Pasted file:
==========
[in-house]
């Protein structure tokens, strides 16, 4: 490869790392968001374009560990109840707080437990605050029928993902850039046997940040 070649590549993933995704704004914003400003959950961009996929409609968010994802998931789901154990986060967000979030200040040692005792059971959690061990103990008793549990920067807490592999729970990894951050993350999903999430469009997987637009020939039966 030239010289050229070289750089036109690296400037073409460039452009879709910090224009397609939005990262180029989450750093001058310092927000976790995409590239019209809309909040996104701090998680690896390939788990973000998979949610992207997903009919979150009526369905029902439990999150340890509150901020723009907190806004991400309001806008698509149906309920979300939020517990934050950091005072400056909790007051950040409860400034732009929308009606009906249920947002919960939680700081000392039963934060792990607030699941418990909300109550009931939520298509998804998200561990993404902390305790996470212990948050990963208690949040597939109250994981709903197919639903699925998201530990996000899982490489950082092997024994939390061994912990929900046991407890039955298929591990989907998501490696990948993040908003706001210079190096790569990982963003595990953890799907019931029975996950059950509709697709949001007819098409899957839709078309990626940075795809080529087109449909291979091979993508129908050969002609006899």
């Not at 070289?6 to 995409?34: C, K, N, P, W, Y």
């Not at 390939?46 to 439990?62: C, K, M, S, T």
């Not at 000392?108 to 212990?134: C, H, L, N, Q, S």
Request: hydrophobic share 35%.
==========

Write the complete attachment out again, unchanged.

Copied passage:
[in-house]
């Protein structure tokens, strides 16, 4: 490869790392968001374009560990109840707080437990605050029928993902850039046997940040 070649590549993933995704704004914003400003959950961009996929409609968010994802998931789901154990986060967000979030200040040692005792059971959690061990103990008793549990920067807490592999729970990894951050993350999903999430469009997987637009020939039966 030239010289050229070289750089036109690296400037073409460039452009879709910090224009397609939005990262180029989450750093001058310092927000976790995409590239019209809309909040996104701090998680690896390939788990973000998979949610992207997903009919979150009526369905029902439990999150340890509150901020723009907190806004991400309001806008698509149906309920979300939020517990934050950091005072400056909790007051950040409860400034732009929308009606009906249920947002919960939680700081000392039963934060792990607030699941418990909300109550009931939520298509998804998200561990993404902390305790996470212990948050990963208690949040597939109250994981709903197919639903699925998201530990996000899982490489950082092997024994939390061994912990929900046991407890039955298929591990989907998501490696990948993040908003706001210079190096790569990982963003595990953890799907019931029975996950059950509709697709949001007819098409899957839709078309990626940075795809080529087109449909291979091979993508129908050969002609006899």
């Not at 070289?6 to 995409?34: C, K, N, P, W, Y």
């Not at 390939?46 to 439990?62: C, K, M, S, T």
């Not at 000392?108 to 212990?134: C, H, L, N, Q, S």
Request: hydrophobic share 35%.